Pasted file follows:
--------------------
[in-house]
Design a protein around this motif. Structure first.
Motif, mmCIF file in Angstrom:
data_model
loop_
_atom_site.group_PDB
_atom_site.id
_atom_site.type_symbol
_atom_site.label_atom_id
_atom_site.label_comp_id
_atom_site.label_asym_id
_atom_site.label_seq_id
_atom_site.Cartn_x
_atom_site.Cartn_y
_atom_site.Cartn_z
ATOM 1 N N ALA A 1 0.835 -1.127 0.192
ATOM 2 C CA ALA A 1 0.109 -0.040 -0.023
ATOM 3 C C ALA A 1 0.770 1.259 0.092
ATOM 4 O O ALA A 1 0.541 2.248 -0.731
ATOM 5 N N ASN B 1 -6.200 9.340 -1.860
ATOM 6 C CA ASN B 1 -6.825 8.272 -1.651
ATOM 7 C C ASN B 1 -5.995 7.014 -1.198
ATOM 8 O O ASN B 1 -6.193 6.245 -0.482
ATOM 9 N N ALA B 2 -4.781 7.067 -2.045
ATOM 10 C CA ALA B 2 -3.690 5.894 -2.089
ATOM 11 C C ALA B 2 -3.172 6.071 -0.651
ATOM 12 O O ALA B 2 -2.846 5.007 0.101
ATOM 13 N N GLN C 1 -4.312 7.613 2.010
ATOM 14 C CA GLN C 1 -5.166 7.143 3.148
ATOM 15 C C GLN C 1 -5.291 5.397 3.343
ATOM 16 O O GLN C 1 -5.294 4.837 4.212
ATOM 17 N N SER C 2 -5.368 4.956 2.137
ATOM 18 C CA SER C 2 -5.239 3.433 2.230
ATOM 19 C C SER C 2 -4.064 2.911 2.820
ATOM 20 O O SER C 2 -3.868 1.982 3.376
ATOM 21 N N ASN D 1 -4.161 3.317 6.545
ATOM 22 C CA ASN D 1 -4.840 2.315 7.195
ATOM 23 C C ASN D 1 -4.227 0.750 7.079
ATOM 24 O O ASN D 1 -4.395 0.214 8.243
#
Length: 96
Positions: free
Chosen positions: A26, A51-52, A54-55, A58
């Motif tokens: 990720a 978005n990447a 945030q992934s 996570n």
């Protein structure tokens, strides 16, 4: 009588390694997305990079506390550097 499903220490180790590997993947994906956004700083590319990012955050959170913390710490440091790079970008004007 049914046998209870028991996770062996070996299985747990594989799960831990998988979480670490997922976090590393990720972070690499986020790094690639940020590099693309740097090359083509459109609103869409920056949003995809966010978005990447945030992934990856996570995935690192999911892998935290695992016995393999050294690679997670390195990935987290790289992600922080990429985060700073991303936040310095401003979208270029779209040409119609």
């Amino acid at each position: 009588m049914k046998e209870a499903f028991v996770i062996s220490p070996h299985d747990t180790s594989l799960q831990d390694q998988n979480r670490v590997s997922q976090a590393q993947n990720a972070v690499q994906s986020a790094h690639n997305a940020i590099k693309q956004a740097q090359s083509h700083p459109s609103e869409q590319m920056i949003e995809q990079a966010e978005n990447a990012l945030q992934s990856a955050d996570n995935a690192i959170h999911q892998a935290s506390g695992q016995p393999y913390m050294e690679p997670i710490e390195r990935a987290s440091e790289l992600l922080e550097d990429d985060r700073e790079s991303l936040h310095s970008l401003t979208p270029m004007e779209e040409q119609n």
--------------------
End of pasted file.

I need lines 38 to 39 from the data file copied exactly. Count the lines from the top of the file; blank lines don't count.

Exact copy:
ATOM 23 C C ASN D 1 -4.227 0.750 7.079
ATOM 24 O O ASN D 1 -4.395 0.214 8.243